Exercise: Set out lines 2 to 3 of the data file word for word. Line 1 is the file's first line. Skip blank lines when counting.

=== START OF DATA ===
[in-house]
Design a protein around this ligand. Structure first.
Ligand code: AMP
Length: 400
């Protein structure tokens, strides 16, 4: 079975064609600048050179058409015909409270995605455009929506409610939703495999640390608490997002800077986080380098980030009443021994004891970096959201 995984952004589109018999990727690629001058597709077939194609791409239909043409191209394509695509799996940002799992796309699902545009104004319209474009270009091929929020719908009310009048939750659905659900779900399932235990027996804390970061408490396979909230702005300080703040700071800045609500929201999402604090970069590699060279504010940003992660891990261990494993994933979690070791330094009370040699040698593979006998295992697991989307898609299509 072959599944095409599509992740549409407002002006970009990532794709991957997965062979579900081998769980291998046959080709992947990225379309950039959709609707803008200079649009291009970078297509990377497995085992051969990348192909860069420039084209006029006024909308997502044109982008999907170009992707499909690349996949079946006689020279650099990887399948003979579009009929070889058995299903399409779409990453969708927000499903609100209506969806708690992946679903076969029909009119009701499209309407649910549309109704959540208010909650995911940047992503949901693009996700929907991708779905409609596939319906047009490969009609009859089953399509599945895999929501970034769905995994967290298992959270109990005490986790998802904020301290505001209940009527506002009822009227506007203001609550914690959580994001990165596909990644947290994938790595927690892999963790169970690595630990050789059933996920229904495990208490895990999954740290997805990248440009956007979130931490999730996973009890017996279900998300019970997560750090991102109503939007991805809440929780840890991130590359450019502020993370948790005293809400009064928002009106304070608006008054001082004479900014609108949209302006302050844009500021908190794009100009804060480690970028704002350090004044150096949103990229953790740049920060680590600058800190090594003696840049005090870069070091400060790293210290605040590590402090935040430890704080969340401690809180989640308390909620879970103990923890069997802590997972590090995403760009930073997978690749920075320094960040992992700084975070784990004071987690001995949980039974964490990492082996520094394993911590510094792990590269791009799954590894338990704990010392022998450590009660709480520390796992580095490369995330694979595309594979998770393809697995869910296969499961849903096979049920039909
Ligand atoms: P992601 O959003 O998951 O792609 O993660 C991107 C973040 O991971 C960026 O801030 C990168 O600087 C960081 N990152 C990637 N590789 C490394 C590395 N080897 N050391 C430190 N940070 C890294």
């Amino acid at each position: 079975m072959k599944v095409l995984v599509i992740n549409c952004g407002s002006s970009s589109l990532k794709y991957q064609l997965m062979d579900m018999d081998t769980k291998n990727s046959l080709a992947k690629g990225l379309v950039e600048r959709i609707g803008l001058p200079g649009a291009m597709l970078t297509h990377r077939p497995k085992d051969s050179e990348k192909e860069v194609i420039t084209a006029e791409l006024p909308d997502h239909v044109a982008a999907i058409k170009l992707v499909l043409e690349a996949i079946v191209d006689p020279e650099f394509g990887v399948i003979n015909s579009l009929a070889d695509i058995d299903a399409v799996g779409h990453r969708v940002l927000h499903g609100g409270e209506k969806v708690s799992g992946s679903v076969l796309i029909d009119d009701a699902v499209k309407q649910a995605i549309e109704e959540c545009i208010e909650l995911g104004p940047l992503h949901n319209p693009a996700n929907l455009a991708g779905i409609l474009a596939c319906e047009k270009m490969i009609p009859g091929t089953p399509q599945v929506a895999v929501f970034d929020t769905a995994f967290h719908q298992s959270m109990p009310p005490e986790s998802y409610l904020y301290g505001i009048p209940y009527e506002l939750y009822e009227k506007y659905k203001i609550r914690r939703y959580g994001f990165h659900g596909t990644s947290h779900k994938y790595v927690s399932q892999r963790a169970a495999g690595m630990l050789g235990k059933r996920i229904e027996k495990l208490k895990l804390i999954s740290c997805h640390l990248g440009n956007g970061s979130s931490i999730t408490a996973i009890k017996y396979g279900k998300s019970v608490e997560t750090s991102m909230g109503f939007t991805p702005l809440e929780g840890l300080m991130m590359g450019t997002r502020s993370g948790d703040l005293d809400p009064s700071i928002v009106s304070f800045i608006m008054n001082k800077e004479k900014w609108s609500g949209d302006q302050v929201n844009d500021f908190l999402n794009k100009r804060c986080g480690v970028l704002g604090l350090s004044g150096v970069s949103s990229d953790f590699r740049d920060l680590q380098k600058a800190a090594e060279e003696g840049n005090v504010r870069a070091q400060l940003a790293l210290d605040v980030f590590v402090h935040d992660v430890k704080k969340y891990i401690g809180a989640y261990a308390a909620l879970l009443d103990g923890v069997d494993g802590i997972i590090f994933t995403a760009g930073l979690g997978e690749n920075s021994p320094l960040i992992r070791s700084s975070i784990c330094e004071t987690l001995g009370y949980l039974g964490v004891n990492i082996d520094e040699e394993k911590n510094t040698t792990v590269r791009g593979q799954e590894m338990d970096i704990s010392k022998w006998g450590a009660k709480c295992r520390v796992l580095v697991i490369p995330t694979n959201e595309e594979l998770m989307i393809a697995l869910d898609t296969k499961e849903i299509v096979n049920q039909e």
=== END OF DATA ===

Design a protein around this ligand. Structure first.
Ligand code: AMP